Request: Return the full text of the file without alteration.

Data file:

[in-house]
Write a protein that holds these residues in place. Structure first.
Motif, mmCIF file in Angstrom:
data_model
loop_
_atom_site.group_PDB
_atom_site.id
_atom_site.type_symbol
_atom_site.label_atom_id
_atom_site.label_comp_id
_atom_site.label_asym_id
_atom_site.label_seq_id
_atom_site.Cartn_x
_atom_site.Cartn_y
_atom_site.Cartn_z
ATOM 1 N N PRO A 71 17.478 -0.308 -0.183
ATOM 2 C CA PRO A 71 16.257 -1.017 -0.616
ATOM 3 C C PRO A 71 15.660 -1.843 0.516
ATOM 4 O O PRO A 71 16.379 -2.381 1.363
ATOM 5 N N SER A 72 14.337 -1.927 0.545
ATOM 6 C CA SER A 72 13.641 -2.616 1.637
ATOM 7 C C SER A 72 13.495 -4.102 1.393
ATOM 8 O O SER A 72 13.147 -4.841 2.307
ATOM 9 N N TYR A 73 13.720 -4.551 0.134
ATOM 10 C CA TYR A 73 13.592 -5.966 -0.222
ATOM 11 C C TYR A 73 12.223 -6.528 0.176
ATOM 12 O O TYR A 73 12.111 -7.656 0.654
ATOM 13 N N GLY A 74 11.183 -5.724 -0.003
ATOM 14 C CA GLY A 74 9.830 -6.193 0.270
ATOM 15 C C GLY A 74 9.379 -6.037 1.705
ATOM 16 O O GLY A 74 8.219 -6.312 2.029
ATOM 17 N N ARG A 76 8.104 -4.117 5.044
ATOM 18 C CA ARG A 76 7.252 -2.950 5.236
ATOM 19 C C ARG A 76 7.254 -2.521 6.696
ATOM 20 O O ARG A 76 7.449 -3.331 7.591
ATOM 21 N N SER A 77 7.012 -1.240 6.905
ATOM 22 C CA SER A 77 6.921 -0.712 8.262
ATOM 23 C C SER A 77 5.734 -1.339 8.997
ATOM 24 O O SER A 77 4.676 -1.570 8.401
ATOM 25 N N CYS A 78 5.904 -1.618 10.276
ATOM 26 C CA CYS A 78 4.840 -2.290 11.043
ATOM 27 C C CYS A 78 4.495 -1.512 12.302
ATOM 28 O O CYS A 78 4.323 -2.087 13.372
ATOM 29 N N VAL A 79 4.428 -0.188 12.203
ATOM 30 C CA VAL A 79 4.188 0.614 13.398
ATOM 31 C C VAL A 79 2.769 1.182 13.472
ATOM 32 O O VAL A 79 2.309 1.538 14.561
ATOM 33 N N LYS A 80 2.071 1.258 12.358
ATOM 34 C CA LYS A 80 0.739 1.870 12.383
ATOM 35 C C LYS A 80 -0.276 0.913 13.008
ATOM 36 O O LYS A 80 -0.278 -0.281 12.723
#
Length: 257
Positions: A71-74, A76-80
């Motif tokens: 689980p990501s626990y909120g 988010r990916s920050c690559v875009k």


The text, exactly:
[in-house]
Write a protein that holds these residues in place. Structure first.
Motif, mmCIF file in Angstrom:
data_model
loop_
_atom_site.group_PDB
_atom_site.id
_atom_site.type_symbol
_atom_site.label_atom_id
_atom_site.label_comp_id
_atom_site.label_asym_id
_atom_site.label_seq_id
_atom_site.Cartn_x
_atom_site.Cartn_y
_atom_site.Cartn_z
ATOM 1 N N PRO A 71 17.478 -0.308 -0.183
ATOM 2 C CA PRO A 71 16.257 -1.017 -0.616
ATOM 3 C C PRO A 71 15.660 -1.843 0.516
ATOM 4 O O PRO A 71 16.379 -2.381 1.363
ATOM 5 N N SER A 72 14.337 -1.927 0.545
ATOM 6 C CA SER A 72 13.641 -2.616 1.637
ATOM 7 C C SER A 72 13.495 -4.102 1.393
ATOM 8 O O SER A 72 13.147 -4.841 2.307
ATOM 9 N N TYR A 73 13.720 -4.551 0.134
ATOM 10 C CA TYR A 73 13.592 -5.966 -0.222
ATOM 11 C C TYR A 73 12.223 -6.528 0.176
ATOM 12 O O TYR A 73 12.111 -7.656 0.654
ATOM 13 N N GLY A 74 11.183 -5.724 -0.003
ATOM 14 C CA GLY A 74 9.830 -6.193 0.270
ATOM 15 C C GLY A 74 9.379 -6.037 1.705
ATOM 16 O O GLY A 74 8.219 -6.312 2.029
ATOM 17 N N ARG A 76 8.104 -4.117 5.044
ATOM 18 C CA ARG A 76 7.252 -2.950 5.236
ATOM 19 C C ARG A 76 7.254 -2.521 6.696
ATOM 20 O O ARG A 76 7.449 -3.331 7.591
ATOM 21 N N SER A 77 7.012 -1.240 6.905
ATOM 22 C CA SER A 77 6.921 -0.712 8.262
ATOM 23 C C SER A 77 5.734 -1.339 8.997
ATOM 24 O O SER A 77 4.676 -1.570 8.401
ATOM 25 N N CYS A 78 5.904 -1.618 10.276
ATOM 26 C CA CYS A 78 4.840 -2.290 11.043
ATOM 27 C C CYS A 78 4.495 -1.512 12.302
ATOM 28 O O CYS A 78 4.323 -2.087 13.372
ATOM 29 N N VAL A 79 4.428 -0.188 12.203
ATOM 30 C CA VAL A 79 4.188 0.614 13.398
ATOM 31 C C VAL A 79 2.769 1.182 13.472
ATOM 32 O O VAL A 79 2.309 1.538 14.561
ATOM 33 N N LYS A 80 2.071 1.258 12.358
ATOM 34 C CA LYS A 80 0.739 1.870 12.383
ATOM 35 C C LYS A 80 -0.276 0.913 13.008
ATOM 36 O O LYS A 80 -0.278 -0.281 12.723
#
Length: 257
Positions: A71-74, A76-80
């Motif tokens: 689980p990501s626990y909120g 988010r990916s920050c690559v875009k």